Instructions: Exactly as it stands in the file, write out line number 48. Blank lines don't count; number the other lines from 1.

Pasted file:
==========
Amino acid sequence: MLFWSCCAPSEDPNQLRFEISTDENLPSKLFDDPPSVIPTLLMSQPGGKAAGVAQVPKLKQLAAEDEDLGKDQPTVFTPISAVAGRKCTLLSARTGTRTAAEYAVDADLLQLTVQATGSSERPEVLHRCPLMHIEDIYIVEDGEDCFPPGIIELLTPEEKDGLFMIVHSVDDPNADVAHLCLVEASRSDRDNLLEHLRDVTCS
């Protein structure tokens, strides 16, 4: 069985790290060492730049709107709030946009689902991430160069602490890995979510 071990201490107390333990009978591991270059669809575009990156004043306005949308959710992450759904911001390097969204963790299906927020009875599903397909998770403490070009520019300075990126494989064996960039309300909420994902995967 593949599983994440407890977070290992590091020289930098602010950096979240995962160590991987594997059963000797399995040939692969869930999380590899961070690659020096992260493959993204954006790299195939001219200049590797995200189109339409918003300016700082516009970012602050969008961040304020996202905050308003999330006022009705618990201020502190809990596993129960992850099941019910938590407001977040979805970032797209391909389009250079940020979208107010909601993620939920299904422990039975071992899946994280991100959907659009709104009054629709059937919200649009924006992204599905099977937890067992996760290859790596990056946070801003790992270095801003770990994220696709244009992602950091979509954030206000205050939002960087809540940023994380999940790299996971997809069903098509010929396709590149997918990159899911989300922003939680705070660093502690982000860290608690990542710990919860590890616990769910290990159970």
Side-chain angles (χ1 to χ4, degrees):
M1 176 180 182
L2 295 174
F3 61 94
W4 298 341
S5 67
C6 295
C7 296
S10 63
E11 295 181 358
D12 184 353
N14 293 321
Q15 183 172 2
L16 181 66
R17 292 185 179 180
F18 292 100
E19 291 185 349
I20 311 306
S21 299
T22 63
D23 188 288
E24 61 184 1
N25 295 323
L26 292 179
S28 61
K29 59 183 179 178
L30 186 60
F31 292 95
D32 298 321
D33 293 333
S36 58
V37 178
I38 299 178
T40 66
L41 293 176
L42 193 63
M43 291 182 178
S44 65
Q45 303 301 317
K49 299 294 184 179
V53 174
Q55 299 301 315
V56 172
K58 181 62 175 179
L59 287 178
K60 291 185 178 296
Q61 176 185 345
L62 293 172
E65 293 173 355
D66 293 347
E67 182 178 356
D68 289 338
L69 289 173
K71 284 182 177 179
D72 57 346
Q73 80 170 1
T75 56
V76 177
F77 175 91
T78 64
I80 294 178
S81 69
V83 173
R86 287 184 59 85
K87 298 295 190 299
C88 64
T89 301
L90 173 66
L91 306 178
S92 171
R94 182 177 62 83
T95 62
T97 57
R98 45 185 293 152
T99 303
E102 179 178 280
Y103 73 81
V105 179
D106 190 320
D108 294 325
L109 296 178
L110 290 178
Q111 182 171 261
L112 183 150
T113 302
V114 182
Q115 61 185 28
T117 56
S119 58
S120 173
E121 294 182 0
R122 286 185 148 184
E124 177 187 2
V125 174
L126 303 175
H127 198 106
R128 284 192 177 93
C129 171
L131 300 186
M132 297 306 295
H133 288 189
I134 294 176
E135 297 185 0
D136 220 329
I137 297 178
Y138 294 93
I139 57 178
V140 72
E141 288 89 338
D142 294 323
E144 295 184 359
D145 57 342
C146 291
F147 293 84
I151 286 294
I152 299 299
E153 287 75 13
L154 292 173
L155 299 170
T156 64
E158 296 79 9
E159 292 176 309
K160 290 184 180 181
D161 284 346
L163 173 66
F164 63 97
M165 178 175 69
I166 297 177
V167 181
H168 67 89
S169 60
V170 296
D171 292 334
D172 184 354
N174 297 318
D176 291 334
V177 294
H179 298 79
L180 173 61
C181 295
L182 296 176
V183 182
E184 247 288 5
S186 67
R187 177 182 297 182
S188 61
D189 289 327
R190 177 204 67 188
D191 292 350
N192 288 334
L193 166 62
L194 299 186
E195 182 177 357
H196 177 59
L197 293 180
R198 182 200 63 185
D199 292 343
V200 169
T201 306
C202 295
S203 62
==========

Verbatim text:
K60 291 185 178 296